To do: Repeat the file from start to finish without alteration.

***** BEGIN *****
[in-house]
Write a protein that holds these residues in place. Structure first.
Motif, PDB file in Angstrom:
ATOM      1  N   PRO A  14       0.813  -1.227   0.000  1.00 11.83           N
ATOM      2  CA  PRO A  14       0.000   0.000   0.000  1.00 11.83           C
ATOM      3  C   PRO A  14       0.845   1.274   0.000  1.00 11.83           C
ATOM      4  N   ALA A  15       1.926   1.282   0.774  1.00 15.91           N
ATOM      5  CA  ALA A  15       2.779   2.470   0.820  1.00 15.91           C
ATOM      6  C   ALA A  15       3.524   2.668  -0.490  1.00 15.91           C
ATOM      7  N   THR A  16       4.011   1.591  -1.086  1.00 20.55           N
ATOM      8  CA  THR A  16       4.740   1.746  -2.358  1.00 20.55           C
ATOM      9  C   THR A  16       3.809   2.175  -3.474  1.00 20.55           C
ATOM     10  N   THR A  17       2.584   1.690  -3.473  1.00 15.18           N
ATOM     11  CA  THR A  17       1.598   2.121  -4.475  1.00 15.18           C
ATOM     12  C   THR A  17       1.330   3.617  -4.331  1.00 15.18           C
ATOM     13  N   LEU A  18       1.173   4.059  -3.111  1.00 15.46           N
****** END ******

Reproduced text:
[in-house]
Write a protein that holds these residues in place. Structure first.
Motif, PDB file in Angstrom:
ATOM      1  N   PRO A  14       0.813  -1.227   0.000  1.00 11.83           N
ATOM      2  CA  PRO A  14       0.000   0.000   0.000  1.00 11.83           C
ATOM      3  C   PRO A  14       0.845   1.274   0.000  1.00 11.83           C
ATOM      4  N   ALA A  15       1.926   1.282   0.774  1.00 15.91           N
ATOM      5  CA  ALA A  15       2.779   2.470   0.820  1.00 15.91           C
ATOM      6  C   ALA A  15       3.524   2.668  -0.490  1.00 15.91           C
ATOM      7  N   THR A  16       4.011   1.591  -1.086  1.00 20.55           N
ATOM      8  CA  THR A  16       4.740   1.746  -2.358  1.00 20.55           C
ATOM      9  C   THR A  16       3.809   2.175  -3.474  1.00 20.55           C
ATOM     10  N   THR A  17       2.584   1.690  -3.473  1.00 15.18           N
ATOM     11  CA  THR A  17       1.598   2.121  -4.475  1.00 15.18           C
ATOM     12  C   THR A  17       1.330   3.617  -4.331  1.00 15.18           C
ATOM     13  N   LEU A  18       1.173   4.059  -3.111  1.00 15.46           N